Social Networks We Use

Categories

CT Tech Junkie Feed

Connecticut Consumers to Begin Receiving E-Book Settlement Refunds
Mar 25, 2014 4:09 pm
Connecticut residents will start receiving refund checks or credits this week for e-books purchased between April 1,...more »
Like New Jersey, Direct Retail Sales of Tesla Automobiles Not Allowed in Connecticut
Mar 19, 2014 12:24 pm
The Connecticut Department of Energy & Environmental Protection is co-sponsoring a contest for the auto dealership...more »

Our Partners

˜

Education Bill Subject Of Closed-Door Meeting

by Hugh McQuaid | Apr 17, 2012 6:45pm
(8) Comments | Commenting has expired
Posted to: Education

Hugh McQuaid photo

With three weeks left in the session, Democratic legislative leaders were meeting behind closed doors Tuesday with the Education Committee chairs and representatives of the Malloy administration, trying to find agreement on the governor’s education reform package.

It was one of the first formal meetings on Gov. Dannel P. Malloy’s education bill since the committee made significant changes to it, opting to study many of its proposals rather than implement them.

Malloy has indicated he would not sign the bill passed by the Education Committee unless it includes changes to teacher tenure.

“We need to make substantial headway if we’re going to have a meaningful package that I can support,” he said last week.

Rep. Andrew Fleischmann, co-chairman of the Education Committee, seemed optimistic that some headway toward agreement was made during Tuesday’s talks, which he described as cordial.

“There are some obvious areas where there’s distance between what the governor proposed and what the Education Committee passed,” he said. “Without getting into the details, to be respectful of the process, I see some progress.”

While Fleischmann said the group was trying to work out agreements on some of the more contentious issues, House Speaker Chris Donovan described the meeting as more of a clarification process.

Donovan said the discussion mostly consisted the parties answering each others’ questions and clarifying what they mean when they ask for certain things.

So far, the conversation hasn’t gotten to some of the more controversial aspects of the governor’s proposal like tying the new teacher evaluation process to tenure, he said.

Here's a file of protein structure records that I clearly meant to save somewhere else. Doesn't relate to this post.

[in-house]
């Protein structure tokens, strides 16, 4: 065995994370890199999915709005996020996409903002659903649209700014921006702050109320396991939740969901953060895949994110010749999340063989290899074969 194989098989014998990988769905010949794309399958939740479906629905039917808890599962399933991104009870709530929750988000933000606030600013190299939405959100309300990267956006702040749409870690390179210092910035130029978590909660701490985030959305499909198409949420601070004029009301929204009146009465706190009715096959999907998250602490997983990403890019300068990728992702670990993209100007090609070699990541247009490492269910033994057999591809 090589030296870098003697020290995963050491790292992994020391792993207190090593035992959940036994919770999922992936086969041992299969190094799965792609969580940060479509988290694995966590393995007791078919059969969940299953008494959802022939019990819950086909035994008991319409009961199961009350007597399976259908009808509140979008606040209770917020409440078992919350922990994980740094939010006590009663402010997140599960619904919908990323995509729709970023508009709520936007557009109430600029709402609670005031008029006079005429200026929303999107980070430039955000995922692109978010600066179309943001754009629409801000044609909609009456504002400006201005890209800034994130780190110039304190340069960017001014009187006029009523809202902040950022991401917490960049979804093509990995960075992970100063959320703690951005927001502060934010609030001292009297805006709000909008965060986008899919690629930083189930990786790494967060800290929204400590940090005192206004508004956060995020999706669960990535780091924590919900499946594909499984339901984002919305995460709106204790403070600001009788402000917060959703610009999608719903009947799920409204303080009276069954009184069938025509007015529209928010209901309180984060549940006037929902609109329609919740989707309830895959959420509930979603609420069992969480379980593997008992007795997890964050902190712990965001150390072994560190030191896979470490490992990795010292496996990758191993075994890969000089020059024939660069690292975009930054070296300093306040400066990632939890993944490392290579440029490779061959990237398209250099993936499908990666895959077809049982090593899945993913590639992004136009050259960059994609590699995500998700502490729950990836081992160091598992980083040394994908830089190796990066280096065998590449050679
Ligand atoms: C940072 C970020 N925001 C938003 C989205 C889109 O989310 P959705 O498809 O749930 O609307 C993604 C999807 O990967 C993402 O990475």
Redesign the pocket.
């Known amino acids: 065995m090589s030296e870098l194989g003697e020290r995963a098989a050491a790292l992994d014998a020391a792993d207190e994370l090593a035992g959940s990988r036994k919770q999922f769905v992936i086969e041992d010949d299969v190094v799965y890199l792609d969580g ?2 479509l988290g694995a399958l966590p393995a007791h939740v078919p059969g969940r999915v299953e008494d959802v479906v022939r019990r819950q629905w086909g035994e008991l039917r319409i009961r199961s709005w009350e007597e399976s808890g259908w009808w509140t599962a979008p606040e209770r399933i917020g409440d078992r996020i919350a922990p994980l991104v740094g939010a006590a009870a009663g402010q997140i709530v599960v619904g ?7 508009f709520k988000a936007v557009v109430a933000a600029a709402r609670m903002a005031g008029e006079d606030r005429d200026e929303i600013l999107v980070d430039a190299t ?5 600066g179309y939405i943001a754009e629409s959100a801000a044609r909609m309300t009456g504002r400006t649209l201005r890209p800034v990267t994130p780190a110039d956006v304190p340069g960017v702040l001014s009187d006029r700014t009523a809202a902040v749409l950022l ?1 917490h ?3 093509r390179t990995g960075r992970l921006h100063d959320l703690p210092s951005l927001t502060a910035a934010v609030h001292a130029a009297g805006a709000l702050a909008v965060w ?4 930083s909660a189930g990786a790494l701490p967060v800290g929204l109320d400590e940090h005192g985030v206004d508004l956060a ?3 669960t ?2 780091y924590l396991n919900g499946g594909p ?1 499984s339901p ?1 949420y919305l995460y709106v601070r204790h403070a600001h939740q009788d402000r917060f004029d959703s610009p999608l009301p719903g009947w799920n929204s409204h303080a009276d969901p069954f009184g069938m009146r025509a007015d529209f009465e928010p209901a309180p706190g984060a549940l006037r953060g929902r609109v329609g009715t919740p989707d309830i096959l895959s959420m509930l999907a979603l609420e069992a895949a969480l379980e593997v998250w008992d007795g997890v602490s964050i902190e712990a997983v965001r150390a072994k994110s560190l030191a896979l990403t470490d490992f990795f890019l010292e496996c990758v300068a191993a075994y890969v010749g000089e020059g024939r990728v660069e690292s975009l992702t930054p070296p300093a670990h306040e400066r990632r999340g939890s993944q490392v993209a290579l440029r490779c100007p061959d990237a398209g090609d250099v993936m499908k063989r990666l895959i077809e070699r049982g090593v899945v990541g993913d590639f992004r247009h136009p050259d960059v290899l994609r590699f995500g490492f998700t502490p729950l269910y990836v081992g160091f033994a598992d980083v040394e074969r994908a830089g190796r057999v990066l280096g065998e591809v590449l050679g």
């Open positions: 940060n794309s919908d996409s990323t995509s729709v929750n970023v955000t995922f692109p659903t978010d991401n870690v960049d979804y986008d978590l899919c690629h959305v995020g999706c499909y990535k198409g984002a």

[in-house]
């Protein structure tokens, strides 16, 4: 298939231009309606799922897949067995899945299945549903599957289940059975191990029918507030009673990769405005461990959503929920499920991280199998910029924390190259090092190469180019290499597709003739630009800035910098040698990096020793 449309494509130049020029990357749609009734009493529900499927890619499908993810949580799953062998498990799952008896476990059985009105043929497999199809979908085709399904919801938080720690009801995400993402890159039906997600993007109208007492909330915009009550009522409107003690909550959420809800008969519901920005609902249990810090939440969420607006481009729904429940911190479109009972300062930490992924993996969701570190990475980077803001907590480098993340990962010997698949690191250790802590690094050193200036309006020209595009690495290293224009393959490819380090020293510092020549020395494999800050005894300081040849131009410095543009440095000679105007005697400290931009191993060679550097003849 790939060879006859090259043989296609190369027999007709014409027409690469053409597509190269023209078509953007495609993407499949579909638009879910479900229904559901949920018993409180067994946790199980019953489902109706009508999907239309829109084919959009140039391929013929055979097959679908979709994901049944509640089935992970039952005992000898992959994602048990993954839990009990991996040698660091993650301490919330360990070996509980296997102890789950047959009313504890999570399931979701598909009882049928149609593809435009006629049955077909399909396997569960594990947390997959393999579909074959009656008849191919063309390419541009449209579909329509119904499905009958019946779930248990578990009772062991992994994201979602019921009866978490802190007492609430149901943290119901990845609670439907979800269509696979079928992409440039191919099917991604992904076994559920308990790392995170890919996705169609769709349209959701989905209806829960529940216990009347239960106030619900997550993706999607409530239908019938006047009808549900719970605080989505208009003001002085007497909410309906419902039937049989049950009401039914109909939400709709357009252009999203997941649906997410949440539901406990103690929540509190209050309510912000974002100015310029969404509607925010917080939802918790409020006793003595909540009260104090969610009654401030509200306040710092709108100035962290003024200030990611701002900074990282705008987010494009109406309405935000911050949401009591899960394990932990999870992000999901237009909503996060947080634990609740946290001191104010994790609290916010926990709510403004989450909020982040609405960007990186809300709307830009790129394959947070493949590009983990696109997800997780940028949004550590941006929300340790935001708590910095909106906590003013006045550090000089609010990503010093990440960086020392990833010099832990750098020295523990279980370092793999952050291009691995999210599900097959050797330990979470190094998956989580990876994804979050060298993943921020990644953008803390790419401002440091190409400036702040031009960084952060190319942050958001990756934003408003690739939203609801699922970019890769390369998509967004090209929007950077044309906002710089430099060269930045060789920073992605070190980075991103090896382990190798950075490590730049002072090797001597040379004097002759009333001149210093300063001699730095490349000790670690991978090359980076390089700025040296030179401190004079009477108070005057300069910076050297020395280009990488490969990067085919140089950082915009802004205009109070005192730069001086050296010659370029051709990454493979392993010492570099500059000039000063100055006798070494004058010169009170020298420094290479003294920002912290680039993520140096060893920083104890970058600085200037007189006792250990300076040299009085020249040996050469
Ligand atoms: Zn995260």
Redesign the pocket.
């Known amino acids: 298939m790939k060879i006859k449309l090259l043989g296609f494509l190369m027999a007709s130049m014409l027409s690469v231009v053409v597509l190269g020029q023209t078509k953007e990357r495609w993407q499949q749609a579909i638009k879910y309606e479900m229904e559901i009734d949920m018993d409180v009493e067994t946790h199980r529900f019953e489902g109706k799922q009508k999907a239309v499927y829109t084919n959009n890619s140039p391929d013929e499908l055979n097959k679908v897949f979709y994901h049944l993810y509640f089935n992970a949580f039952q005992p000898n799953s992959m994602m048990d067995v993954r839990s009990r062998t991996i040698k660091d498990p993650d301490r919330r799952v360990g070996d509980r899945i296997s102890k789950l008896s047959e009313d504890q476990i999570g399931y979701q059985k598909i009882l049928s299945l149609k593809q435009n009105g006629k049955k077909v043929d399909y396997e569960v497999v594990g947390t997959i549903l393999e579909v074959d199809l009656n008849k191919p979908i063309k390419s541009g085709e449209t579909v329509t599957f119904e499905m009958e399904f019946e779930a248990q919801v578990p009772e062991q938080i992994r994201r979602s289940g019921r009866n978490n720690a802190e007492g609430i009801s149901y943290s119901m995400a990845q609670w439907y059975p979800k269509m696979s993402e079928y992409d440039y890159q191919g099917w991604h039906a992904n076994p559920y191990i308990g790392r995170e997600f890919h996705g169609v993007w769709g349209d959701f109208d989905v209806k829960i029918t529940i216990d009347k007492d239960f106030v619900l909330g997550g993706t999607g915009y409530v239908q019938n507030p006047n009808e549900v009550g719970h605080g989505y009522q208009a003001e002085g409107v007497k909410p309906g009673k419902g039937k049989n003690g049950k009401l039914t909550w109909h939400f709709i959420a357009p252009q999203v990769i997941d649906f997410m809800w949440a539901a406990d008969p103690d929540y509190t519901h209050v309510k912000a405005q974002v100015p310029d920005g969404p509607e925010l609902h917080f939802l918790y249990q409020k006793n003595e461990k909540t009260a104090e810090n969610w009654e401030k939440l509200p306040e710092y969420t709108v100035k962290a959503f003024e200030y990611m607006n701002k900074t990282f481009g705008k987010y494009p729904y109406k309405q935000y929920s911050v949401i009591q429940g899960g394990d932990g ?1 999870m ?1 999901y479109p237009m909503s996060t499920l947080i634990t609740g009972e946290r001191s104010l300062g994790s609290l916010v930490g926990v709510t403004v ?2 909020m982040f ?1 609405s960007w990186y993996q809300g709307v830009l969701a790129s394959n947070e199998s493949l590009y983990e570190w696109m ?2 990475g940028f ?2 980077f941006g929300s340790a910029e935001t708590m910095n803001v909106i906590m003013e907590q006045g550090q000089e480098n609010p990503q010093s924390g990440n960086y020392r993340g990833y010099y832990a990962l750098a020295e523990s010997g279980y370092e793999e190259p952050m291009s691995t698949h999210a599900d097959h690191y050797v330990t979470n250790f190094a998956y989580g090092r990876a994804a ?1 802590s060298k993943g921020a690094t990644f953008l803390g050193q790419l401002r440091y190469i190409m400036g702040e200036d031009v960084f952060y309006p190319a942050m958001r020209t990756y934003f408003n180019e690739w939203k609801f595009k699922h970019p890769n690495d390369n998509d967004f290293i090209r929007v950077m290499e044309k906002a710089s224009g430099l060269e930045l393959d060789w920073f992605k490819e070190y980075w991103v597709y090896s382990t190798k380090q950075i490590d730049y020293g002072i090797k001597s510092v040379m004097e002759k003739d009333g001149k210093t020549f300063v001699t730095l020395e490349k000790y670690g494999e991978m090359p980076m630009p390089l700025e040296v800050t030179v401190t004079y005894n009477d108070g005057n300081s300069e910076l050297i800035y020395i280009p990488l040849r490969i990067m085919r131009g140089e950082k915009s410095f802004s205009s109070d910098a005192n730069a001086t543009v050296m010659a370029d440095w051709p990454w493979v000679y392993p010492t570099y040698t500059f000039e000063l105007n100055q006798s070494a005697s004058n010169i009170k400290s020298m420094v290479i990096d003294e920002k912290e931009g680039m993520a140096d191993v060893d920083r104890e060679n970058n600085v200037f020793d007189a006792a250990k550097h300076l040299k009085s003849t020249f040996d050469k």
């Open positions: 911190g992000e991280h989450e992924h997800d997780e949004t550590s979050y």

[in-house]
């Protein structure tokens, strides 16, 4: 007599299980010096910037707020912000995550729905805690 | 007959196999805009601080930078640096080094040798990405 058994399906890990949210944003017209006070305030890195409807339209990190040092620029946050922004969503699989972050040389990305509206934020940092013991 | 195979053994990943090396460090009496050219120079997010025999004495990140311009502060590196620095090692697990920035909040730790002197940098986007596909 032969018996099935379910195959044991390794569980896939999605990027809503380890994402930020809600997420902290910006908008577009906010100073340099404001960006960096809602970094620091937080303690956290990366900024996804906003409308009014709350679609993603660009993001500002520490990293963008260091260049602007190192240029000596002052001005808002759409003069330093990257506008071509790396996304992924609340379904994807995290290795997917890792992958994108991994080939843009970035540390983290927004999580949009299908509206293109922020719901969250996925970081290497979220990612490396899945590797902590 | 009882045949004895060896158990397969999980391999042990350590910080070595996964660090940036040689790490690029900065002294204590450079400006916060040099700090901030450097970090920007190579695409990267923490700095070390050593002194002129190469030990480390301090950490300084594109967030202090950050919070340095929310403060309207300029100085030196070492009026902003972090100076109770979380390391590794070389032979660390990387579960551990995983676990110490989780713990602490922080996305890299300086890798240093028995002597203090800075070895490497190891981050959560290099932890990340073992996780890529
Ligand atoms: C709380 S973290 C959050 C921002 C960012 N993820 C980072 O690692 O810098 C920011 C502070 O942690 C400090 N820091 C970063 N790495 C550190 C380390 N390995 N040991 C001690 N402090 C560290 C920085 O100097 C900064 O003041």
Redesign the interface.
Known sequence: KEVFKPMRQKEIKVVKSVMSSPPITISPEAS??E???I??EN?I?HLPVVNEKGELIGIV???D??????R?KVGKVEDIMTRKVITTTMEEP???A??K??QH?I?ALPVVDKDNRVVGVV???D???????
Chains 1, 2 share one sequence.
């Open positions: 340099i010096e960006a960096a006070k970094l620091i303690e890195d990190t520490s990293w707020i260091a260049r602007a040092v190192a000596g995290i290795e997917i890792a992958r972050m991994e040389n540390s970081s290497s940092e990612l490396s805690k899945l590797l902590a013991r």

The group did spend some time discussing the best process for turning over control of a network of schools to Education Commissioner Stefan Pryor. Donovan said they were looking at previous experiences like when the state took over Windham public schools last year.

Senate President Donald Williams declined to comment on the ongoing discussions. The governor’s office was also tight-lipped.

“We continue to have conversations with legislators,” spokesman Andrew Doba said in a one-sentence statement.

Tags: , , , , , ,

Share this story with others.

Share | |

(8) Comments

posted by: Linda12 | April 17, 2012  7:23pm

Everyone knows Achievement First is hiring for Bridgeport, New Haven and Hartford. Pryor is already to pounce and take over. Out with the old teachers, in with the TFA parade.  Anyone close to retirement start packing. They will find a way to get rid of you anyway.

posted by: state_employee | April 17, 2012  8:27pm

malloy keeps telling teachers that his ed reforms are NOT about teacher tenure… he is outright lying.  see above. Malloy has indicated he would not sign the bill passed by the Education Committee unless it includes changes to teacher tenure.  he is grand standing at the expense of teachers.  He will dump Connecticut quick fast and in a hurry given the chance.  He is about HIM… no one else.  he will destroy education and this state.  the democratic legislators need to step up and stop him. 

posted by: ConcernedVoter | April 17, 2012  9:06pm

Didn’t Malloy, Pryor, Pat Riccards, etc. cry to the press a few weeks ago that CEA and AFT were influencing the comittee behind closed doors? Huh, I guess that door only swings one way.

Remember this statement Governor?
“Six groups that support education reform criticized Wednesday the “weak version” of the education reform bill the legislature’s Education Committee approved Monday, saying it was developed behind closed doors with a “lack of transparency.”